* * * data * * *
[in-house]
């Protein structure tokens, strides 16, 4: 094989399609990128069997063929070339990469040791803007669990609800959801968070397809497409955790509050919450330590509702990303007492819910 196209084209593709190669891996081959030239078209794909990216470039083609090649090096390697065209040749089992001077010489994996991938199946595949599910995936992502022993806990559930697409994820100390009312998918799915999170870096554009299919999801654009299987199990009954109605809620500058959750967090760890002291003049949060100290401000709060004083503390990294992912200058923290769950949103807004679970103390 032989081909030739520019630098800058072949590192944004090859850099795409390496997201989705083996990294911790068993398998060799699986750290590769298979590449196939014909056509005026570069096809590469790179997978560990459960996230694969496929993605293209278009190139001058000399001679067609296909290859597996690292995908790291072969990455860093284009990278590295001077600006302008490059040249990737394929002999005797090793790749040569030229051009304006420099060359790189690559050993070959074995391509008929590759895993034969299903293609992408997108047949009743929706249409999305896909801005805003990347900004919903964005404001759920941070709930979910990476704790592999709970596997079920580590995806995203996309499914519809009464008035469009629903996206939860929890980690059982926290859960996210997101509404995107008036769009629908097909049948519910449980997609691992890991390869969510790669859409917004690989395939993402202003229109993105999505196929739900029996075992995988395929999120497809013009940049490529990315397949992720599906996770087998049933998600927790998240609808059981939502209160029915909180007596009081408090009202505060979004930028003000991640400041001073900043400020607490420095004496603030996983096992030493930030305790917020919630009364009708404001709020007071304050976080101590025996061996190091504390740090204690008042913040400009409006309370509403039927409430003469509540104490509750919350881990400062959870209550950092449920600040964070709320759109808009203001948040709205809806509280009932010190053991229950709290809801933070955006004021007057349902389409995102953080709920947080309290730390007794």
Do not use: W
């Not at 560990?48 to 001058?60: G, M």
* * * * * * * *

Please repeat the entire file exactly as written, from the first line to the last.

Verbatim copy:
[in-house]
């Protein structure tokens, strides 16, 4: 094989399609990128069997063929070339990469040791803007669990609800959801968070397809497409955790509050919450330590509702990303007492819910 196209084209593709190669891996081959030239078209794909990216470039083609090649090096390697065209040749089992001077010489994996991938199946595949599910995936992502022993806990559930697409994820100390009312998918799915999170870096554009299919999801654009299987199990009954109605809620500058959750967090760890002291003049949060100290401000709060004083503390990294992912200058923290769950949103807004679970103390 032989081909030739520019630098800058072949590192944004090859850099795409390496997201989705083996990294911790068993398998060799699986750290590769298979590449196939014909056509005026570069096809590469790179997978560990459960996230694969496929993605293209278009190139001058000399001679067609296909290859597996690292995908790291072969990455860093284009990278590295001077600006302008490059040249990737394929002999005797090793790749040569030229051009304006420099060359790189690559050993070959074995391509008929590759895993034969299903293609992408997108047949009743929706249409999305896909801005805003990347900004919903964005404001759920941070709930979910990476704790592999709970596997079920580590995806995203996309499914519809009464008035469009629903996206939860929890980690059982926290859960996210997101509404995107008036769009629908097909049948519910449980997609691992890991390869969510790669859409917004690989395939993402202003229109993105999505196929739900029996075992995988395929999120497809013009940049490529990315397949992720599906996770087998049933998600927790998240609808059981939502209160029915909180007596009081408090009202505060979004930028003000991640400041001073900043400020607490420095004496603030996983096992030493930030305790917020919630009364009708404001709020007071304050976080101590025996061996190091504390740090204690008042913040400009409006309370509403039927409430003469509540104490509750919350881990400062959870209550950092449920600040964070709320759109808009203001948040709205809806509280009932010190053991229950709290809801933070955006004021007057349902389409995102953080709920947080309290730390007794």
Do not use: W
């Not at 560990?48 to 001058?60: G, M």